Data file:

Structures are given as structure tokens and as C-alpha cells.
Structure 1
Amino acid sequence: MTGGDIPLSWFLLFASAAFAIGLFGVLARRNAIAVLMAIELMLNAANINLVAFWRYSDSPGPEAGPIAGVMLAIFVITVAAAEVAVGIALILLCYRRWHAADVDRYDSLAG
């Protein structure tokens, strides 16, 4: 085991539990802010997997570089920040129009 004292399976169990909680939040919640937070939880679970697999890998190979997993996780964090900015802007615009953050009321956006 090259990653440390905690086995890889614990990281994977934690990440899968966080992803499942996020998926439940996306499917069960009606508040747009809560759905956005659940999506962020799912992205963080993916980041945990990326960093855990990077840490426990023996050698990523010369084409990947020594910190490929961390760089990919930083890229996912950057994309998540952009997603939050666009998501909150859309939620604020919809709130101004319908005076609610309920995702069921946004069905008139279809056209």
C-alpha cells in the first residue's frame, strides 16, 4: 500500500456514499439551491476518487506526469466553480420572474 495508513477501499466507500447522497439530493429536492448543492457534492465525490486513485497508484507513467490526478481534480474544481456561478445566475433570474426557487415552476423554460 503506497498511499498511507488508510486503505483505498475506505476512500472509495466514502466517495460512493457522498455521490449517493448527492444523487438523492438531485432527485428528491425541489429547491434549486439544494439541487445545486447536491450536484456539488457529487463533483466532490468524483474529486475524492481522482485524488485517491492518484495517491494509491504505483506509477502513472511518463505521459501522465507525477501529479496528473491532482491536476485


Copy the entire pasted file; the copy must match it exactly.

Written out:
Structures are given as structure tokens and as C-alpha cells.
Structure 1
Amino acid sequence: MTGGDIPLSWFLLFASAAFAIGLFGVLARRNAIAVLMAIELMLNAANINLVAFWRYSDSPGPEAGPIAGVMLAIFVITVAAAEVAVGIALILLCYRRWHAADVDRYDSLAG
């Protein structure tokens, strides 16, 4: 085991539990802010997997570089920040129009 004292399976169990909680939040919640937070939880679970697999890998190979997993996780964090900015802007615009953050009321956006 090259990653440390905690086995890889614990990281994977934690990440899968966080992803499942996020998926439940996306499917069960009606508040747009809560759905956005659940999506962020799912992205963080993916980041945990990326960093855990990077840490426990023996050698990523010369084409990947020594910190490929961390760089990919930083890229996912950057994309998540952009997603939050666009998501909150859309939620604020919809709130101004319908005076609610309920995702069921946004069905008139279809056209």
C-alpha cells in the first residue's frame, strides 16, 4: 500500500456514499439551491476518487506526469466553480420572474 495508513477501499466507500447522497439530493429536492448543492457534492465525490486513485497508484507513467490526478481534480474544481456561478445566475433570474426557487415552476423554460 503506497498511499498511507488508510486503505483505498475506505476512500472509495466514502466517495460512493457522498455521490449517493448527492444523487438523492438531485432527485428528491425541489429547491434549486439544494439541487445545486447536491450536484456539488457529487463533483466532490468524483474529486475524492481522482485524488485517491492518484495517491494509491504505483506509477502513472511518463505521459501522465507525477501529479496528473491532482491536476485